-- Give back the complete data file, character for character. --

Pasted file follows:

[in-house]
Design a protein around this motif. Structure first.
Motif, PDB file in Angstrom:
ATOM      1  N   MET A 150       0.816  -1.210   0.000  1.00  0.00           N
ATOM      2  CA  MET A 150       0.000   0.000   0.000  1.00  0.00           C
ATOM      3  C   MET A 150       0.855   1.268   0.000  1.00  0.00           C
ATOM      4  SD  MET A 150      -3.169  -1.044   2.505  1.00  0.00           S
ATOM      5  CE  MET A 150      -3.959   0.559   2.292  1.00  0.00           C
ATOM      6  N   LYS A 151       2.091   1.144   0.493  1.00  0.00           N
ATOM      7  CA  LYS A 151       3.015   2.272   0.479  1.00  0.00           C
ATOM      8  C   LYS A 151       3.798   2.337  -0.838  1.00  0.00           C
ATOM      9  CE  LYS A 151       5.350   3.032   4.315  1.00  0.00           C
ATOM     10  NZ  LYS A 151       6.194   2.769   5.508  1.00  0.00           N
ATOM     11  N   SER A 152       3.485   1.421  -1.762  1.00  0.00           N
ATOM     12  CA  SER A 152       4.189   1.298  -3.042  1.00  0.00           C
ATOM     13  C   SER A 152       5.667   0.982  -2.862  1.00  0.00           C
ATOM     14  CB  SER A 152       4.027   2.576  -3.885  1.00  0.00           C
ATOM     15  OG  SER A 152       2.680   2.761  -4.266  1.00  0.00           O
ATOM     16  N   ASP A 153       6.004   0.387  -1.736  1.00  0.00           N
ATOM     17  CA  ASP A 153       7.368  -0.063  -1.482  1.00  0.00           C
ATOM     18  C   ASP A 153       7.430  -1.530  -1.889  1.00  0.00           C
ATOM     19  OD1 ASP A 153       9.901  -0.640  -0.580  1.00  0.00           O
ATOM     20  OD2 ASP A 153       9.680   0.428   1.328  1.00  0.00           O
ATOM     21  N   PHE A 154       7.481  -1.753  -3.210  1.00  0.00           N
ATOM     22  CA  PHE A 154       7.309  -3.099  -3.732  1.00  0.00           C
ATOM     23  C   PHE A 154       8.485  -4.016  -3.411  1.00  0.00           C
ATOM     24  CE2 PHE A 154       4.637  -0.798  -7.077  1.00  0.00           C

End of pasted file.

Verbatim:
[in-house]
Design a protein around this motif. Structure first.
Motif, PDB file in Angstrom:
ATOM      1  N   MET A 150       0.816  -1.210   0.000  1.00  0.00           N
ATOM      2  CA  MET A 150       0.000   0.000   0.000  1.00  0.00           C
ATOM      3  C   MET A 150       0.855   1.268   0.000  1.00  0.00           C
ATOM      4  SD  MET A 150      -3.169  -1.044   2.505  1.00  0.00           S
ATOM      5  CE  MET A 150      -3.959   0.559   2.292  1.00  0.00           C
ATOM      6  N   LYS A 151       2.091   1.144   0.493  1.00  0.00           N
ATOM      7  CA  LYS A 151       3.015   2.272   0.479  1.00  0.00           C
ATOM      8  C   LYS A 151       3.798   2.337  -0.838  1.00  0.00           C
ATOM      9  CE  LYS A 151       5.350   3.032   4.315  1.00  0.00           C
ATOM     10  NZ  LYS A 151       6.194   2.769   5.508  1.00  0.00           N
ATOM     11  N   SER A 152       3.485   1.421  -1.762  1.00  0.00           N
ATOM     12  CA  SER A 152       4.189   1.298  -3.042  1.00  0.00           C
ATOM     13  C   SER A 152       5.667   0.982  -2.862  1.00  0.00           C
ATOM     14  CB  SER A 152       4.027   2.576  -3.885  1.00  0.00           C
ATOM     15  OG  SER A 152       2.680   2.761  -4.266  1.00  0.00           O
ATOM     16  N   ASP A 153       6.004   0.387  -1.736  1.00  0.00           N
ATOM     17  CA  ASP A 153       7.368  -0.063  -1.482  1.00  0.00           C
ATOM     18  C   ASP A 153       7.430  -1.530  -1.889  1.00  0.00           C
ATOM     19  OD1 ASP A 153       9.901  -0.640  -0.580  1.00  0.00           O
ATOM     20  OD2 ASP A 153       9.680   0.428   1.328  1.00  0.00           O
ATOM     21  N   PHE A 154       7.481  -1.753  -3.210  1.00  0.00           N
ATOM     22  CA  PHE A 154       7.309  -3.099  -3.732  1.00  0.00           C
ATOM     23  C   PHE A 154       8.485  -4.016  -3.411  1.00  0.00           C
ATOM     24  CE2 PHE A 154       4.637  -0.798  -7.077  1.00  0.00           C